Chateau de Chantilly - France Travel Feature
A Grand Castle
on the Water
in the shimmering waters of its moat, the Château
de Chantilly looks like a fairytale castle, almost
too perfect to be true. And in a way, it is: the
Renaissance-style Grand Château isn't much
more than 100 years old (although the adjoining
Petit Château dates from the sixteenth century).
The castle that previously stood on this site was
razed during the Revolution by angry citizens for
whom Chantilly, fief of two ancient warrior families,
the Montmorencys and the Condés, symbolized
aristocratic privilege and military might.
The Grand Château houses the Musée
Condé, a jewel of a collection which ranges
from the curious — a wax head of King Henri
IV, the pink Condé diamond — to the sublime:
Piero di Cosimo's Portrait of Simonetta Vespucci,
Raphael's Virgin of Loreto, works by Botticelli,
several pictures by Poussin, two masterpieces by
Watteau, a splendid series of Renaissance portraits
by the Clouet father and son (including the famous
Catherine de Médicis and Henri III), and
an admirable collection of illuminated manuscripts.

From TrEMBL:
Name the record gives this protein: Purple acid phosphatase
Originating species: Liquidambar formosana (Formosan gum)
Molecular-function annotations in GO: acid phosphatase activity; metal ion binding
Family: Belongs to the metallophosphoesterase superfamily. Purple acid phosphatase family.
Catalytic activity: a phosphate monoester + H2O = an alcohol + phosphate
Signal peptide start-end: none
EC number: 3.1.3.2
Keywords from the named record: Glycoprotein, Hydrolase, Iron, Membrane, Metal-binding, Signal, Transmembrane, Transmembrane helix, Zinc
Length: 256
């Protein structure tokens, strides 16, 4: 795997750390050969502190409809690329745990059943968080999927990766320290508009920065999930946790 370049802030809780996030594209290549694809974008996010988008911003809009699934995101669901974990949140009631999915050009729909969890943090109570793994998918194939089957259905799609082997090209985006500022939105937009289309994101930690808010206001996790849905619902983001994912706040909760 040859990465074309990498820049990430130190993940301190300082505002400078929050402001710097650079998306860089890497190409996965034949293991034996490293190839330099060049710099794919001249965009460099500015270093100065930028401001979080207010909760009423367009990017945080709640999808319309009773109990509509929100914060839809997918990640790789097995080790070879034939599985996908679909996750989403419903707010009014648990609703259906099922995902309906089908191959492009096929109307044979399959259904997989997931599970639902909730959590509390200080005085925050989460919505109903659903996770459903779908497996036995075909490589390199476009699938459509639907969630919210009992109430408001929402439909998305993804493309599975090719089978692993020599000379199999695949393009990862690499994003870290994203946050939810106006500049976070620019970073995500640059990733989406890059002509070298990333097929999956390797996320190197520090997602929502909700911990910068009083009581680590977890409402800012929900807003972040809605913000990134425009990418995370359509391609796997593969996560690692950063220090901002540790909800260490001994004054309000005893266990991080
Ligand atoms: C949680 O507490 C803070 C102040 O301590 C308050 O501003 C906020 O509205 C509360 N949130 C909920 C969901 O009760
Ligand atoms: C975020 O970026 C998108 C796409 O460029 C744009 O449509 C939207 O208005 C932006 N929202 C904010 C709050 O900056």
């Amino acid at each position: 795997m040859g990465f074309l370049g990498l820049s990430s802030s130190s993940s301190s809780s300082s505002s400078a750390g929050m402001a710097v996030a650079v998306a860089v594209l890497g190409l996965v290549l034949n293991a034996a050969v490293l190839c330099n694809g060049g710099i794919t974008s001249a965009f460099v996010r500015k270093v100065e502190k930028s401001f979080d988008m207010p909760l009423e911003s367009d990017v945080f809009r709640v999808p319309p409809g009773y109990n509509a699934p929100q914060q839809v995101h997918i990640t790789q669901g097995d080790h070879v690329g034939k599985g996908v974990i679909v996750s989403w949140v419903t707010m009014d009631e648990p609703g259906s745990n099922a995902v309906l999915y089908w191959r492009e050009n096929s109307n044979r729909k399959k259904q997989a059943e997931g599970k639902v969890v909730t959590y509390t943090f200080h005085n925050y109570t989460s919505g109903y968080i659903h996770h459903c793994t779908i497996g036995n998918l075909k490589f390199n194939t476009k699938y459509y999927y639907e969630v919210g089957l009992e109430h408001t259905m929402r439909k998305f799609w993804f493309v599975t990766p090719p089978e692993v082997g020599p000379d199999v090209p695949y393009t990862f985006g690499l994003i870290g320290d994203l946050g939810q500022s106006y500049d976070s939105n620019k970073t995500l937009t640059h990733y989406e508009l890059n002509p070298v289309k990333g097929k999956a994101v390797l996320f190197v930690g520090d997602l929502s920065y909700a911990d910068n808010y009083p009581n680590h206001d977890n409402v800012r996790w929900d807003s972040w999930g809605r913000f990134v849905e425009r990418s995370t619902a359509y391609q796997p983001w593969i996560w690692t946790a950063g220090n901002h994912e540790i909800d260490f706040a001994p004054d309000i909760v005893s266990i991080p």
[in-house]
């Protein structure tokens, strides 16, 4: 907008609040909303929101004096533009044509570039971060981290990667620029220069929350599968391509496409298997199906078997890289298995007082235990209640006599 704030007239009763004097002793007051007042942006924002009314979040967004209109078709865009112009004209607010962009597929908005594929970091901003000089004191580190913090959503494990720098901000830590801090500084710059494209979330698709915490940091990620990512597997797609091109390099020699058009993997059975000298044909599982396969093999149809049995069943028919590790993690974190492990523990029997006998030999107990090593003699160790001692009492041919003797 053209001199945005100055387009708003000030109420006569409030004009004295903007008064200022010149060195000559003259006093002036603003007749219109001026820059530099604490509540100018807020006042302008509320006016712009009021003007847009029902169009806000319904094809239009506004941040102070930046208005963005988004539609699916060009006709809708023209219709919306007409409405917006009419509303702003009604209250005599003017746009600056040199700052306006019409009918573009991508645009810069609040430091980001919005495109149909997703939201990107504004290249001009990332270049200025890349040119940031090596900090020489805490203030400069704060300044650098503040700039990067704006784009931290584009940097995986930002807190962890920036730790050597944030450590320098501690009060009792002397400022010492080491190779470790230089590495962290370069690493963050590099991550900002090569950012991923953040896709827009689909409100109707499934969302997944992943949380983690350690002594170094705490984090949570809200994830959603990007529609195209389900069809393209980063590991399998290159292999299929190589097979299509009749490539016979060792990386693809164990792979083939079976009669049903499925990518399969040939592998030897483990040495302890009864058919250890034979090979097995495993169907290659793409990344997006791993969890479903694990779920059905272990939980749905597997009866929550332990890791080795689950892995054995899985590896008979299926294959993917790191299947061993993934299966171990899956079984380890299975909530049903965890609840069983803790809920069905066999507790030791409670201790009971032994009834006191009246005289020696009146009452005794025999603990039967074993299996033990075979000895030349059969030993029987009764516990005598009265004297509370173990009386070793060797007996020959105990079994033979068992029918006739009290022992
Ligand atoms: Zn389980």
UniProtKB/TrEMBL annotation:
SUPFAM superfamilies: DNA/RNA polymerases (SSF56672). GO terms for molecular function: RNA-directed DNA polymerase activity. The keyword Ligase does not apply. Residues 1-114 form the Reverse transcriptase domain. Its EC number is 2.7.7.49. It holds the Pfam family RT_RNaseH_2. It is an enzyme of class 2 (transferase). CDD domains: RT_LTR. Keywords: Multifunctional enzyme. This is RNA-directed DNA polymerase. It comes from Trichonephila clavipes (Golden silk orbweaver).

Arranged just as the Duc d'Aumale, the last owner
of Chantilly, left it (with orders that it never
be changed), the museum has the personal and agreeably
eccentric style of a private collection.
Connoisseurs of fine equines know Chantilly as the
site of a famous racetrack and Thoroughbred training
center. A fascinating “living museum”
(Musée Vivant du Cheval) devoted to horses
occupies the colossal eighteenth-century stables.
From an architectural viewpoint, these Grandes Ecuries
are more imposing than the château itself.
But then that is not so surprising: the Prince of
Condé, who built the stables, was convinced
that he would be reincarnated as a horse!
château's majestic park, complete with a canal,
gardens and pools planned by seventeenth-century
landscape artist André Le Nôtre, is
crisscrossed by shady walks and velvety lawns. But
the immense (nearly 16,000-acre) Chantilly forest,
with its hiking paths and ponds, is by far the best
choice for a long woodland ramble. Take care, though:
between 9 a.m. and noon some 3,000 Thoroughbreds
thunder into the forest for their morning workout!
a bird's-eye view of the château and surrounding
areas, a hot-air balloon tethered there takes 30
visitors at a time up to an altitude of 150 meters.